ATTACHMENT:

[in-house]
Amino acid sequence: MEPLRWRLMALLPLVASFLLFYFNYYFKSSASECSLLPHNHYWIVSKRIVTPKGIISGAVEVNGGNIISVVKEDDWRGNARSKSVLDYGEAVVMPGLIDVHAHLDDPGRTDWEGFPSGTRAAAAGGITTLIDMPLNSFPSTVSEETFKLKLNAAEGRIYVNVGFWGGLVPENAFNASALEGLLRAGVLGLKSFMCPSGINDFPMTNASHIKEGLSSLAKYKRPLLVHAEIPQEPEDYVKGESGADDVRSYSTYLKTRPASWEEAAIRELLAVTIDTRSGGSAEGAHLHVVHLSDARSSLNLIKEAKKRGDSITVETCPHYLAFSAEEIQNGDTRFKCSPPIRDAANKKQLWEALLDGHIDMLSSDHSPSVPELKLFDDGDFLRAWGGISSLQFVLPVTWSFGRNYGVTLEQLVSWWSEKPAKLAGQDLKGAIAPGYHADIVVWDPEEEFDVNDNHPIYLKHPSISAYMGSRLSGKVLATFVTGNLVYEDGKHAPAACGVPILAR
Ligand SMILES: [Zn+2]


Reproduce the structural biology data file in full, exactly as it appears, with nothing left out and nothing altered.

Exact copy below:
[in-house]
Amino acid sequence: MEPLRWRLMALLPLVASFLLFYFNYYFKSSASECSLLPHNHYWIVSKRIVTPKGIISGAVEVNGGNIISVVKEDDWRGNARSKSVLDYGEAVVMPGLIDVHAHLDDPGRTDWEGFPSGTRAAAAGGITTLIDMPLNSFPSTVSEETFKLKLNAAEGRIYVNVGFWGGLVPENAFNASALEGLLRAGVLGLKSFMCPSGINDFPMTNASHIKEGLSSLAKYKRPLLVHAEIPQEPEDYVKGESGADDVRSYSTYLKTRPASWEEAAIRELLAVTIDTRSGGSAEGAHLHVVHLSDARSSLNLIKEAKKRGDSITVETCPHYLAFSAEEIQNGDTRFKCSPPIRDAANKKQLWEALLDGHIDMLSSDHSPSVPELKLFDDGDFLRAWGGISSLQFVLPVTWSFGRNYGVTLEQLVSWWSEKPAKLAGQDLKGAIAPGYHADIVVWDPEEEFDVNDNHPIYLKHPSISAYMGSRLSGKVLATFVTGNLVYEDGKHAPAACGVPILAR
Ligand SMILES: [Zn+2]